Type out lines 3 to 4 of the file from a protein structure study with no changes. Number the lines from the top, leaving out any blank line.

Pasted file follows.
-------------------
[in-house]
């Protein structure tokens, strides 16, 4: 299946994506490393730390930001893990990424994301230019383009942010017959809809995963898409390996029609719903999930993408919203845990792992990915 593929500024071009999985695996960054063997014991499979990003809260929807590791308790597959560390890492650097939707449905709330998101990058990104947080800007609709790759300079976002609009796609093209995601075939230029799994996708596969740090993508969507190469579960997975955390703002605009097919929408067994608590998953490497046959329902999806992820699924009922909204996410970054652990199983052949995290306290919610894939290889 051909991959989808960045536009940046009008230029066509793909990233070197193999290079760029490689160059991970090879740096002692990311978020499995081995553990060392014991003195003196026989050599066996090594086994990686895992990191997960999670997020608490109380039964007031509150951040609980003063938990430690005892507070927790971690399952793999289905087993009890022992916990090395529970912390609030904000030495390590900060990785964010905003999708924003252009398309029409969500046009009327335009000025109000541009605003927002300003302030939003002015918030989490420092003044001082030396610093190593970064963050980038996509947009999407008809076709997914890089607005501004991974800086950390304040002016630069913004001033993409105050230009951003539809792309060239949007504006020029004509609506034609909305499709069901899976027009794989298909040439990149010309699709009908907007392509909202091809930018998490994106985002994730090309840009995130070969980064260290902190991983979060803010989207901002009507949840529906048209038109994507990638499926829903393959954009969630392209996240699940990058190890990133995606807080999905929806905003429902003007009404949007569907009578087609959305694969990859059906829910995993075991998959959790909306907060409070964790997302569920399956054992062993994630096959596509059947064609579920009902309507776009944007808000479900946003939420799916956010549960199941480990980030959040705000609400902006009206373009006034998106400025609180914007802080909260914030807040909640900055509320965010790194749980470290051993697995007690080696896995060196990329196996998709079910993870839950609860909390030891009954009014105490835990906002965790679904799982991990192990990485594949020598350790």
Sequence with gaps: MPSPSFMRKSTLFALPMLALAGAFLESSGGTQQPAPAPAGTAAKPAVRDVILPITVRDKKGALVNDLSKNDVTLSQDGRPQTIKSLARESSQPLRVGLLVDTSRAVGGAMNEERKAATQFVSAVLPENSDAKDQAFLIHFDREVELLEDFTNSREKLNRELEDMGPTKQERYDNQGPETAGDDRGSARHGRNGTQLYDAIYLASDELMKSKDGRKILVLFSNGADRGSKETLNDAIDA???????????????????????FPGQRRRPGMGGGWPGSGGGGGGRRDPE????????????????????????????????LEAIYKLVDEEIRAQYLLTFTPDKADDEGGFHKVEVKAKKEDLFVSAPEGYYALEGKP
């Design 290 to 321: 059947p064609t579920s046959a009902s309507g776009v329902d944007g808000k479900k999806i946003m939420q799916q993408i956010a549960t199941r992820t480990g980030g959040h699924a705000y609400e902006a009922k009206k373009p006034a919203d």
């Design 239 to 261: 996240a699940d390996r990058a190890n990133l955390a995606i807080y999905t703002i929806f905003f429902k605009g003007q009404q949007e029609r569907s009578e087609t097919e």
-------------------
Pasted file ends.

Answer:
Sequence with gaps: MPSPSFMRKSTLFALPMLALAGAFLESSGGTQQPAPAPAGTAAKPAVRDVILPITVRDKKGALVNDLSKNDVTLSQDGRPQTIKSLARESSQPLRVGLLVDTSRAVGGAMNEERKAATQFVSAVLPENSDAKDQAFLIHFDREVELLEDFTNSREKLNRELEDMGPTKQERYDNQGPETAGDDRGSARHGRNGTQLYDAIYLASDELMKSKDGRKILVLFSNGADRGSKETLNDAIDA???????????????????????FPGQRRRPGMGGGWPGSGGGGGGRRDPE????????????????????????????????LEAIYKLVDEEIRAQYLLTFTPDKADDEGGFHKVEVKAKKEDLFVSAPEGYYALEGKP
């Design 290 to 321: 059947p064609t579920s046959a009902s309507g776009v329902d944007g808000k479900k999806i946003m939420q799916q993408i956010a549960t199941r992820t480990g980030g959040h699924a705000y609400e902006a009922k009206k373009p006034a919203d």